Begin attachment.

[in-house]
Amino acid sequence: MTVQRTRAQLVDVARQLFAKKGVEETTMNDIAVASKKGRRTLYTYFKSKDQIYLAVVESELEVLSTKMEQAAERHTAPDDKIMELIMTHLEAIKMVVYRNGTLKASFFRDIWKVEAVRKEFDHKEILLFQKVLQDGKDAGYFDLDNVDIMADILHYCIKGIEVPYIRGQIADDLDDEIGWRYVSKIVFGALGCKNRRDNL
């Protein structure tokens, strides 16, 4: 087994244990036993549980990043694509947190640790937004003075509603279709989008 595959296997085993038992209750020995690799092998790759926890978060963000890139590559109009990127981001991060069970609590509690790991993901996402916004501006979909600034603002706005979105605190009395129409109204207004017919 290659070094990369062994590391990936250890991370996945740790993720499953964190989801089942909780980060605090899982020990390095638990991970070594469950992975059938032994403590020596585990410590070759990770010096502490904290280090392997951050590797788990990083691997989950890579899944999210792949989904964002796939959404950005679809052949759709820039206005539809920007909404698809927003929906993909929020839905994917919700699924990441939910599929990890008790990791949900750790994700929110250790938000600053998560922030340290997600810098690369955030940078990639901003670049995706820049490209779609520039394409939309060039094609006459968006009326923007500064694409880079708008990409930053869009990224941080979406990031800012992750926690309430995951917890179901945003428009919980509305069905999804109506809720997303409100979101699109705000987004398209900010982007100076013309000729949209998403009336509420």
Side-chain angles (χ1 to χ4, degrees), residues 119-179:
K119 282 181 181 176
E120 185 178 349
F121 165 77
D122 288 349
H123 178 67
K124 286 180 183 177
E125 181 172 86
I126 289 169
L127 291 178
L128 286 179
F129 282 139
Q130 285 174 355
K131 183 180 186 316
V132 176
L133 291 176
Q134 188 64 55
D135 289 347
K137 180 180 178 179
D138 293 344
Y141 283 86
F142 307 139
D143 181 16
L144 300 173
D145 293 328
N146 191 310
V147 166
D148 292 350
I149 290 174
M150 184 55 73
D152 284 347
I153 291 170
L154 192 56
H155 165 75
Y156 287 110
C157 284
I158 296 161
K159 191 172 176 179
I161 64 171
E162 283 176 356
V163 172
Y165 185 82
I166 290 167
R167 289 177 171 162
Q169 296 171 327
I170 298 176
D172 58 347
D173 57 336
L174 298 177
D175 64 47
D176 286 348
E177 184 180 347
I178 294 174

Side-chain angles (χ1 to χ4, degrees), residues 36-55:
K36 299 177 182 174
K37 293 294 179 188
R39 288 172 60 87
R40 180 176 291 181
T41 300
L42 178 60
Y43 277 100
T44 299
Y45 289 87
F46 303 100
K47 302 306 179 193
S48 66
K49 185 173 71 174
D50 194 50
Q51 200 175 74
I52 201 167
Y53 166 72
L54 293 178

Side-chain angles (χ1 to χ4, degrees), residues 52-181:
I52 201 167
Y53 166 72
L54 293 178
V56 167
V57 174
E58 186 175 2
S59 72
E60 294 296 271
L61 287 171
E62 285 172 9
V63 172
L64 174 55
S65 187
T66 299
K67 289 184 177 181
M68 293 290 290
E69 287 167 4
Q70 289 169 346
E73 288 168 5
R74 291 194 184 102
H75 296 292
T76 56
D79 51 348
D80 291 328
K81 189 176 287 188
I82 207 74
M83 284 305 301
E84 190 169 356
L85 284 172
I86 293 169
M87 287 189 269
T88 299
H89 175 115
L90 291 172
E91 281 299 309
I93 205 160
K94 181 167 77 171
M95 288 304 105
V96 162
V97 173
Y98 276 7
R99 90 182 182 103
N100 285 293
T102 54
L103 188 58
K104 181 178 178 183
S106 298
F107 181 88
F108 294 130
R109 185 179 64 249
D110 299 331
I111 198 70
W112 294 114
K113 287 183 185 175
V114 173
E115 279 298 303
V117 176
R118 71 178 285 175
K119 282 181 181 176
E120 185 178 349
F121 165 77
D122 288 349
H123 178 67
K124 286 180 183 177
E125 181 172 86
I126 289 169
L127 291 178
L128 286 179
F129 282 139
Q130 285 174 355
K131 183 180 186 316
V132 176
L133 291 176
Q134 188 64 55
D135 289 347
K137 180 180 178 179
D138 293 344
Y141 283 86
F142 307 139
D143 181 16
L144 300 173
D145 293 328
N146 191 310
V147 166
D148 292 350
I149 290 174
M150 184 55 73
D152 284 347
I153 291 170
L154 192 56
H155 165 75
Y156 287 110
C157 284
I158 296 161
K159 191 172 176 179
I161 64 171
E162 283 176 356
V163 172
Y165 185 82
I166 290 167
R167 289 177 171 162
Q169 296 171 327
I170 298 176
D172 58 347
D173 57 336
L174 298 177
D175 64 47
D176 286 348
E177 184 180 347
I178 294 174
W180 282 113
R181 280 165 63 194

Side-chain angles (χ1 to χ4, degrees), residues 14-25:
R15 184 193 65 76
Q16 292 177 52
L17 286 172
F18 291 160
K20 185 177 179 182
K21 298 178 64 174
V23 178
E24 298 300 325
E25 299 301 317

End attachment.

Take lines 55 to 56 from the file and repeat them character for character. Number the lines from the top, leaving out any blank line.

E177 184 180 347
I178 294 174